In pursuance of an Order of the 4th inst appointing the Committee to examine the business of the late Rebellion in Carolina and the seizure of his Majtys Customes by John Culpeper and others, the Lords Proprs of that Province are called in, viz: the Earl of Shaftesbury, Earl of Craven and Sr Peter Colleton, Whereupon the Earl of Shaftesbury assured the Committee that speedy care should be taken to furnish their Lops with a copie of their Patent and an Answer to their Lops Circular letter and Inquiries transmitted to them sometime past.
After which entering into the matter of the Rebellion his Lop informs the Committee that about the year 1677 the Proprietors sent over one Eastchurch to bee their Govr of Albemarle County who staying some time at Antego deputed Mr Miller (who was besides Collector of the King's Customes and his Lops Deputy) to goe and settle the Country after whose arrival the Rebellion broke out, That Miller is no Sectary but given to drink, and that the accusation of High Treason was brought against him spightfully and out of malice That upon his arrivall hee undertook to modell the Parliament there which gave the people occasion to oppose and imprison him Whereupon Mr Durant Capt Guillam and
Sr Richard Temple one of ye Commrs of the Customs attends and declares that Culpeper had noe authority to seize the King's customs, Whereupon an account of the Customs seized by Culpeper is read which Mr Miller had delivered upon oath to the Commissrs of the Customs amounting to £1242 8s 1d and 817 Hogsheads to which Culpeper replies that there was a lawful Assembly set up by whose authority hee did act, and that the people of Carolina agreed upon him as their Collector after the imprisonment of Mr Miller as a Collector had been appointed by the Country in Virginia after the death of Mr. Bland.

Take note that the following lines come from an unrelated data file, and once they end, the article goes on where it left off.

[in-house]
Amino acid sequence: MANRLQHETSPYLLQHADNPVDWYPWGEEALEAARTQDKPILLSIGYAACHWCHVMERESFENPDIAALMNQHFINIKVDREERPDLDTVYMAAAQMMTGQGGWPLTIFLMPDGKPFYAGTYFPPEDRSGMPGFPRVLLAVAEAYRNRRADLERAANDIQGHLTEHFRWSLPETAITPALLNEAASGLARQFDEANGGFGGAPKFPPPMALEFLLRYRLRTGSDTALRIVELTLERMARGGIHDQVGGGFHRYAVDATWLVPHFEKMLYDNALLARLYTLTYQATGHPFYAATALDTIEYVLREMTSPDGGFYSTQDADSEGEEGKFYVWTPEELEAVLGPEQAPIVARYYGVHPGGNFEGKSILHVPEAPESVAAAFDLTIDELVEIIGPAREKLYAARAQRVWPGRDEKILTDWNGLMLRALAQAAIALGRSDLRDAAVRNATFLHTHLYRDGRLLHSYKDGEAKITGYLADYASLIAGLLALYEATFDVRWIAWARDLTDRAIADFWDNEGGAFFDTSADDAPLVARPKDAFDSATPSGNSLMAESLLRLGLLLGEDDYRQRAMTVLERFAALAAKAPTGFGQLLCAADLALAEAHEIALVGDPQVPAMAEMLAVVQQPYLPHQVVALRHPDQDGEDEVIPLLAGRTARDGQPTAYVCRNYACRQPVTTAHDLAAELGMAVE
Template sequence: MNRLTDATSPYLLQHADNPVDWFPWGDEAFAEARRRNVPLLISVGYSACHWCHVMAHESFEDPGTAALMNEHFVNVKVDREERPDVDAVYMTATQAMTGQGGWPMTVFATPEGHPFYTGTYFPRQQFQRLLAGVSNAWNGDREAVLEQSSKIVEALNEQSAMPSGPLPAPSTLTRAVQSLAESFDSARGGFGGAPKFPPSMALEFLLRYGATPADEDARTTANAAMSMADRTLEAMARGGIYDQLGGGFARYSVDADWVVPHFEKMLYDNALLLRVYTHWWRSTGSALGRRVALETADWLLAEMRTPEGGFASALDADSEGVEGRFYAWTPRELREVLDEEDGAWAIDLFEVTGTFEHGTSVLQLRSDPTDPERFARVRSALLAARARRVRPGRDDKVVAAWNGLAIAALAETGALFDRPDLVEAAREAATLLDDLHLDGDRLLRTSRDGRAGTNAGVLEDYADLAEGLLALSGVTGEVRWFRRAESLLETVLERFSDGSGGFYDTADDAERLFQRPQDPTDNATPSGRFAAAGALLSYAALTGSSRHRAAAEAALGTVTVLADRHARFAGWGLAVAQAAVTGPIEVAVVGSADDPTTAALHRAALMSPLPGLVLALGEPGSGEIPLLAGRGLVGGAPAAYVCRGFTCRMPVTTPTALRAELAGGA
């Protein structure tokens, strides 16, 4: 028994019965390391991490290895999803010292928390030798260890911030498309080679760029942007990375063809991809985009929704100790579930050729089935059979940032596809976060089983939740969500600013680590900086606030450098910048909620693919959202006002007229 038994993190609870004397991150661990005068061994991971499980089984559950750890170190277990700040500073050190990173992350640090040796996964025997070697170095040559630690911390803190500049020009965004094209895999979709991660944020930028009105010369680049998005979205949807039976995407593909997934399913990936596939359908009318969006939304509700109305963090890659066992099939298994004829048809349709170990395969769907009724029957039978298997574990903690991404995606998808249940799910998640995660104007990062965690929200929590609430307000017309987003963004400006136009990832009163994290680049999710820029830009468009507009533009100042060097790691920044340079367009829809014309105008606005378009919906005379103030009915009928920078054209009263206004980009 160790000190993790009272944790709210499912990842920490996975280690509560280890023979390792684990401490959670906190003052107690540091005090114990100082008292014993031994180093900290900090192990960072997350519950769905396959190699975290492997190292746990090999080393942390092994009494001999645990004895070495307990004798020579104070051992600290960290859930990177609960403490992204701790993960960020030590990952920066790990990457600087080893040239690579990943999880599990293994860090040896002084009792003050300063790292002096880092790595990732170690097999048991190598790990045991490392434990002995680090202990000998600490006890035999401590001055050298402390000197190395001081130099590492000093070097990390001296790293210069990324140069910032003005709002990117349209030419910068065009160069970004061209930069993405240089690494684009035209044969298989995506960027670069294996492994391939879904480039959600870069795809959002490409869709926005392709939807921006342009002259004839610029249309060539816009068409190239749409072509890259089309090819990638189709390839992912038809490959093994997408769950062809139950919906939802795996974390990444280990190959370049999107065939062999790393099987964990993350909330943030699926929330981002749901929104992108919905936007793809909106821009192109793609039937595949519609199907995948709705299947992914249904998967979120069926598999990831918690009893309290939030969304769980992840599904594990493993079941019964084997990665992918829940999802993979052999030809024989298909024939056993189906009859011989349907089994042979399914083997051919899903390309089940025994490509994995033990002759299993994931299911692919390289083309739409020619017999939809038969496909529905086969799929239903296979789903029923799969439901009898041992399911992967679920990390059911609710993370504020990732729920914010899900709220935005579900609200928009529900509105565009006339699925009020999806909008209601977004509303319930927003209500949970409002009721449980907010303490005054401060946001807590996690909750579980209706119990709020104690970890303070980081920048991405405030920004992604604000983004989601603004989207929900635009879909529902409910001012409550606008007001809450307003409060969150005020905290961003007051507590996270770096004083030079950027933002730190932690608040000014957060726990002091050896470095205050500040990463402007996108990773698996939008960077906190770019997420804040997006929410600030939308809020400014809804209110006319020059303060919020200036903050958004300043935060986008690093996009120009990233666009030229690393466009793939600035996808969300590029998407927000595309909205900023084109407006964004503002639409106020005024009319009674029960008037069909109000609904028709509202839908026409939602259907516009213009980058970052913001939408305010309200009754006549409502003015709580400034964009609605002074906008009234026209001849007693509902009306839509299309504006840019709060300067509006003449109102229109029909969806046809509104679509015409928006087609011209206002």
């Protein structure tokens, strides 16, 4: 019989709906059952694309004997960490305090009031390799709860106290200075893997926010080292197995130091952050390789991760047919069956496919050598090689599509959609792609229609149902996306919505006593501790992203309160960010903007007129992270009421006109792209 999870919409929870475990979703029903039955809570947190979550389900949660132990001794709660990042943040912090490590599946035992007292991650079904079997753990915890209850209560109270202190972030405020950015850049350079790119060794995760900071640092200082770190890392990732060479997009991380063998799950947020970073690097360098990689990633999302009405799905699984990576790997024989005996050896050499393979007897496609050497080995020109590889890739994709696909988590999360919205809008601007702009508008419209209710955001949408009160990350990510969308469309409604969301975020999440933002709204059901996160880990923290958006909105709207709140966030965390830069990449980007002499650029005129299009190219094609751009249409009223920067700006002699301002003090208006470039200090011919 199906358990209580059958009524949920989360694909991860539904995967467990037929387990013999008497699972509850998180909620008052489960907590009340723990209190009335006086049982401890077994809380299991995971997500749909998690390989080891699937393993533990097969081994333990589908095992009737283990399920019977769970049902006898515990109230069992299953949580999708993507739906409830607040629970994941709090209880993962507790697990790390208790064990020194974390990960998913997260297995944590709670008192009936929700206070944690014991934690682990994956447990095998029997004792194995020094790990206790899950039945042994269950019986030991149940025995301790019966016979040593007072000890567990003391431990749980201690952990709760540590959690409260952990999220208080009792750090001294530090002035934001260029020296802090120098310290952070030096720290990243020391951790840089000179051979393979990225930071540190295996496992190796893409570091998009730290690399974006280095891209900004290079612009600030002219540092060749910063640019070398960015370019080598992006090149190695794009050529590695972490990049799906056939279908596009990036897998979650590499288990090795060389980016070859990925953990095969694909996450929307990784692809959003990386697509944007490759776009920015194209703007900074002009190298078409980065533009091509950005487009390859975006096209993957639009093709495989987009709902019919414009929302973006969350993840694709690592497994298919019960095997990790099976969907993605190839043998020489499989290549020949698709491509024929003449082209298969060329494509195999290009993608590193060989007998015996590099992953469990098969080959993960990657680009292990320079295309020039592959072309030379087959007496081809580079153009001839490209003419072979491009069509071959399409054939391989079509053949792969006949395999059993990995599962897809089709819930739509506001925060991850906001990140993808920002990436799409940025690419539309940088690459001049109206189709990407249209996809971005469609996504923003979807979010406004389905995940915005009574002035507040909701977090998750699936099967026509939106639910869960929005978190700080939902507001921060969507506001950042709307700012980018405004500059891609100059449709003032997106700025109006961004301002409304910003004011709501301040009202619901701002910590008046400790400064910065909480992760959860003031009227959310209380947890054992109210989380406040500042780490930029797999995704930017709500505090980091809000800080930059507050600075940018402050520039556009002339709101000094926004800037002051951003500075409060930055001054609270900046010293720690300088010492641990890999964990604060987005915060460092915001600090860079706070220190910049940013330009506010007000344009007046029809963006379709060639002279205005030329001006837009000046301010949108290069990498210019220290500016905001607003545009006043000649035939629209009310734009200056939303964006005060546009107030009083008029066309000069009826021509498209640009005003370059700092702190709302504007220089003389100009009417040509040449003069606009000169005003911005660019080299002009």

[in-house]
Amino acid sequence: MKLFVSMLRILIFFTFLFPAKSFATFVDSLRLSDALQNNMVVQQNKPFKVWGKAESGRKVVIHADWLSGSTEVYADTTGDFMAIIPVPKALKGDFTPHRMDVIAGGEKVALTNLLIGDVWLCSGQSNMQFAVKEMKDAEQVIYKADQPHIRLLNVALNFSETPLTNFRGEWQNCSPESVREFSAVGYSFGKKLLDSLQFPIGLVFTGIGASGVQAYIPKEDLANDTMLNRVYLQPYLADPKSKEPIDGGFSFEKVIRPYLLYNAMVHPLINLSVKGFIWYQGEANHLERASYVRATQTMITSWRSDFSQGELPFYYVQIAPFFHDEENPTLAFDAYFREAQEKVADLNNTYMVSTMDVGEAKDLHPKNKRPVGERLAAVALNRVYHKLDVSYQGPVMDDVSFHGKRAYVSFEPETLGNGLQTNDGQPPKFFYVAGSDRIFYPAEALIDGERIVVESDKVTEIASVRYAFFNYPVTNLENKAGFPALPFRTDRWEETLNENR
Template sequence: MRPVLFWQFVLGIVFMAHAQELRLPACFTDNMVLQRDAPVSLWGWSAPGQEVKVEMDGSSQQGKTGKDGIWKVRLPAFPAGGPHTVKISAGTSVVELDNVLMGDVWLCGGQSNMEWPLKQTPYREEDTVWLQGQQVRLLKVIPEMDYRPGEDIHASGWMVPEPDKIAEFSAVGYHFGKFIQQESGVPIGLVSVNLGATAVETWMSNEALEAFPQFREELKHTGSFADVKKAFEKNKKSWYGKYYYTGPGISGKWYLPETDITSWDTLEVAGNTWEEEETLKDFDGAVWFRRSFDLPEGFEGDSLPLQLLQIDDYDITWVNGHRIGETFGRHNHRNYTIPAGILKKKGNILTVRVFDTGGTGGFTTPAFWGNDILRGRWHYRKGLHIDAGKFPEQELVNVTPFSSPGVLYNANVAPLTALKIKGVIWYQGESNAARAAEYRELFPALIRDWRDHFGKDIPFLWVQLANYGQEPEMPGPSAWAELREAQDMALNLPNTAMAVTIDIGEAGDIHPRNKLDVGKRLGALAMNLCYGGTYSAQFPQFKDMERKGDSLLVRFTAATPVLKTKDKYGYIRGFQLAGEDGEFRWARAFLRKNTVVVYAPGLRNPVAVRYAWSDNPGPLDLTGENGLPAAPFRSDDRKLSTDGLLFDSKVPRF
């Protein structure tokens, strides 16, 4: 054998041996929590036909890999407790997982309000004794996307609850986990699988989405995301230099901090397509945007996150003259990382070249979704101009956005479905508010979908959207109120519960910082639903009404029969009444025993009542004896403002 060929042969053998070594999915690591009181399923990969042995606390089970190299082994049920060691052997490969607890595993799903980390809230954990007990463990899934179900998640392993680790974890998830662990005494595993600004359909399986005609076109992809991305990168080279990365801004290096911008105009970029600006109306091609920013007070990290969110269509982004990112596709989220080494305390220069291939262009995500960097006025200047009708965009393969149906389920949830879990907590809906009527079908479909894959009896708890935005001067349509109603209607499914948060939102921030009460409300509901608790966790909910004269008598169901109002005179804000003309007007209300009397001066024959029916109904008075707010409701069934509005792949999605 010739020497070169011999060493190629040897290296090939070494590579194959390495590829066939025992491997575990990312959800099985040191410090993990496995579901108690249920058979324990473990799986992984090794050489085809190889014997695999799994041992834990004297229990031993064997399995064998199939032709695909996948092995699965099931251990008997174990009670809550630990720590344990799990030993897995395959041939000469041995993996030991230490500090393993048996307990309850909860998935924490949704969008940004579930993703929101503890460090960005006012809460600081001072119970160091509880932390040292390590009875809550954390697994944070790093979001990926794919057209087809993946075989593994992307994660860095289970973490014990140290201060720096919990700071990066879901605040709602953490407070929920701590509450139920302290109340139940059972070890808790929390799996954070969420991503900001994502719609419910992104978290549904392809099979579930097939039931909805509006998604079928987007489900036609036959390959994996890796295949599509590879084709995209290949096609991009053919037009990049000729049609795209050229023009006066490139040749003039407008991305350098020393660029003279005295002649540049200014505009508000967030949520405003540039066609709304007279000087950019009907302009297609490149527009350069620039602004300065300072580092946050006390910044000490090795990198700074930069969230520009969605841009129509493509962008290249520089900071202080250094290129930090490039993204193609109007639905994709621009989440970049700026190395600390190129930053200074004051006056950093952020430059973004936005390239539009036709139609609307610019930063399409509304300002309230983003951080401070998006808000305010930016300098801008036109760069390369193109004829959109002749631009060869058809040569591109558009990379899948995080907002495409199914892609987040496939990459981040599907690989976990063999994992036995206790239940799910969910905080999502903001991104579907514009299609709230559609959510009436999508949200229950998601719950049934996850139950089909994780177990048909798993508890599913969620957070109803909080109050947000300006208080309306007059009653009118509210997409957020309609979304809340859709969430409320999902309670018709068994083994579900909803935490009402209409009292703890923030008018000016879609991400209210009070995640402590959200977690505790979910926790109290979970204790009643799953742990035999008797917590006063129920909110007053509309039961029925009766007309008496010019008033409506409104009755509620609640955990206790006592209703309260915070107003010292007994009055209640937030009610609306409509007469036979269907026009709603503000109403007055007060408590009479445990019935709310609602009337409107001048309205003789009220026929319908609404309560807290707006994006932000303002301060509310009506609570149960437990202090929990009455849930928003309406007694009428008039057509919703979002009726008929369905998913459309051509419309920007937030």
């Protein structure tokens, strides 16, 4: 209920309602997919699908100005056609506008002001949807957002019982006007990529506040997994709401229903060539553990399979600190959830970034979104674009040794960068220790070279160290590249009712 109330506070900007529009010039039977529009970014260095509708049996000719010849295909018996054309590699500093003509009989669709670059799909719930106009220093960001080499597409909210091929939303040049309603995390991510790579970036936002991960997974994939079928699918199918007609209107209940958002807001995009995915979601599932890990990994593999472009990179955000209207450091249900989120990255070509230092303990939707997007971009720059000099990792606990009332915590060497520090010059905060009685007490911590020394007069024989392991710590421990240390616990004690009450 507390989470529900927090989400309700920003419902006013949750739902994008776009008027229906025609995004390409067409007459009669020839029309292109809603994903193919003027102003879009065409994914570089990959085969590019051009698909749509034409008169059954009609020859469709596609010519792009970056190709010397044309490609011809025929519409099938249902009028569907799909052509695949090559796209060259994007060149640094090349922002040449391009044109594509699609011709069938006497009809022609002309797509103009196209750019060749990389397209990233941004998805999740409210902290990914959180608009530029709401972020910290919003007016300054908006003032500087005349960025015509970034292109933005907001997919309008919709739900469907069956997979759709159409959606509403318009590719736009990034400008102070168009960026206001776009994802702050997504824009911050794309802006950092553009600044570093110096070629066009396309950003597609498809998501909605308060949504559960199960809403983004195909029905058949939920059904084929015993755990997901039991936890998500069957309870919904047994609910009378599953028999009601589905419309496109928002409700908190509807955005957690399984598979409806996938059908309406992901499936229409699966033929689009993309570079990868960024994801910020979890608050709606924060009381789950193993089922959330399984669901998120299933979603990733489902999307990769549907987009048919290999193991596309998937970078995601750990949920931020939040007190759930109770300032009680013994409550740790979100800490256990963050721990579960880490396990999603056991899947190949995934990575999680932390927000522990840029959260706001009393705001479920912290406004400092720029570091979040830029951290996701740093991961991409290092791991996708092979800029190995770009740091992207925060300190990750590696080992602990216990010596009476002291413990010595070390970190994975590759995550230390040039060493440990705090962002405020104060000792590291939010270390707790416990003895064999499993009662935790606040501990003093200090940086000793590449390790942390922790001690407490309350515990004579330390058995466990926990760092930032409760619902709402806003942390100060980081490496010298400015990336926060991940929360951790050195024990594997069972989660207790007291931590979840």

The Lords Proprietors acquaint the Committee that the authority which constituted Culpeper Collector in the place of Miller was rebellion Whereupon Mr Miller produces a paper written with Culpeper's own hand forbidding all persons to meddle with the Customs besides himself which hee had posted up upon reading whereof Culpeper says it was his Proclamation and excepts against the testimony of Mr Miller as being Traitors against the King.
Mr Hudson, Mr Summers and Mr Tayler being sworn depose that Culpeper did abett the Rebellion and incite the people against the King and the Proprietors and that all the Proprietors Deputys were imprisoned by the Rebells except Foster who joyned with them.
After the examination of ye witnesses Culpeper desires hee may bee tryed in Carolina, and if that may not bee granted him hee acknowledges the fact and begs His Majtys pardon which hee hopes hee may the more deserve since at his first arrival in England, hee waited on the Commissioners of the Customs and gave them a true account of the King's customs in Carolina and promised to make payment of them.
The Lords Proprietors inform the Committee that the Country is now quieted and propose that the persons that were guilty of seizing and disturbing the King's Customs may bee obliged to reimburse the King and not the whole Country by a Tax to bee laid on them.
And the Commissioners recommend to the Committee that Culpeper may not bee pardoned till the King bee satisfyed for his Customs.
The Lords direct Capt. Gilham who is accused by Mr Miller and others to have had a hand in the Rebellion to attend on Munday next in order to his examination.